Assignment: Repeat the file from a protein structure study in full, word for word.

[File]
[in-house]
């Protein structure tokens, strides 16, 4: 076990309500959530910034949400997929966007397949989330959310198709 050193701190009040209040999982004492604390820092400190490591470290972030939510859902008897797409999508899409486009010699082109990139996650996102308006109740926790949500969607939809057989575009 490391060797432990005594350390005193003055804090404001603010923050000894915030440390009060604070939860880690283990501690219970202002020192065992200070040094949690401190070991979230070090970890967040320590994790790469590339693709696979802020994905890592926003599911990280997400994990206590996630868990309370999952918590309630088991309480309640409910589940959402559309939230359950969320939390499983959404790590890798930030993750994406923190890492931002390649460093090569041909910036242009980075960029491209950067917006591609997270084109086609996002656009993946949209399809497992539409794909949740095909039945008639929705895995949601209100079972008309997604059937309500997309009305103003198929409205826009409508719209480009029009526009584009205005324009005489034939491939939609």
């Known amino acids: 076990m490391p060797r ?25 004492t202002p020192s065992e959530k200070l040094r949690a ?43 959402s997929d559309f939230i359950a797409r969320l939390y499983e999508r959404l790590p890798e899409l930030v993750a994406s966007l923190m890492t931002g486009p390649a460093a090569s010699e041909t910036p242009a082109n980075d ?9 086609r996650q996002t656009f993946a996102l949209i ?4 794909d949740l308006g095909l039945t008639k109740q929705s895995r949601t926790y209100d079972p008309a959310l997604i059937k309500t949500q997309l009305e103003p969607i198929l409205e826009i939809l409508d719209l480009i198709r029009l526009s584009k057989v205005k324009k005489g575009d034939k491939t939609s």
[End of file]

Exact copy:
[in-house]
């Protein structure tokens, strides 16, 4: 076990309500959530910034949400997929966007397949989330959310198709 050193701190009040209040999982004492604390820092400190490591470290972030939510859902008897797409999508899409486009010699082109990139996650996102308006109740926790949500969607939809057989575009 490391060797432990005594350390005193003055804090404001603010923050000894915030440390009060604070939860880690283990501690219970202002020192065992200070040094949690401190070991979230070090970890967040320590994790790469590339693709696979802020994905890592926003599911990280997400994990206590996630868990309370999952918590309630088991309480309640409910589940959402559309939230359950969320939390499983959404790590890798930030993750994406923190890492931002390649460093090569041909910036242009980075960029491209950067917006591609997270084109086609996002656009993946949209399809497992539409794909949740095909039945008639929705895995949601209100079972008309997604059937309500997309009305103003198929409205826009409508719209480009029009526009584009205005324009005489034939491939939609």
């Known amino acids: 076990m490391p060797r ?25 004492t202002p020192s065992e959530k200070l040094r949690a ?43 959402s997929d559309f939230i359950a797409r969320l939390y499983e999508r959404l790590p890798e899409l930030v993750a994406s966007l923190m890492t931002g486009p390649a460093a090569s010699e041909t910036p242009a082109n980075d ?9 086609r996650q996002t656009f993946a996102l949209i ?4 794909d949740l308006g095909l039945t008639k109740q929705s895995r949601t926790y209100d079972p008309a959310l997604i059937k309500t949500q997309l009305e103003p969607i198929l409205e826009i939809l409508d719209l480009i198709r029009l526009s584009k057989v205005k324009k005489g575009d034939k491939t939609s």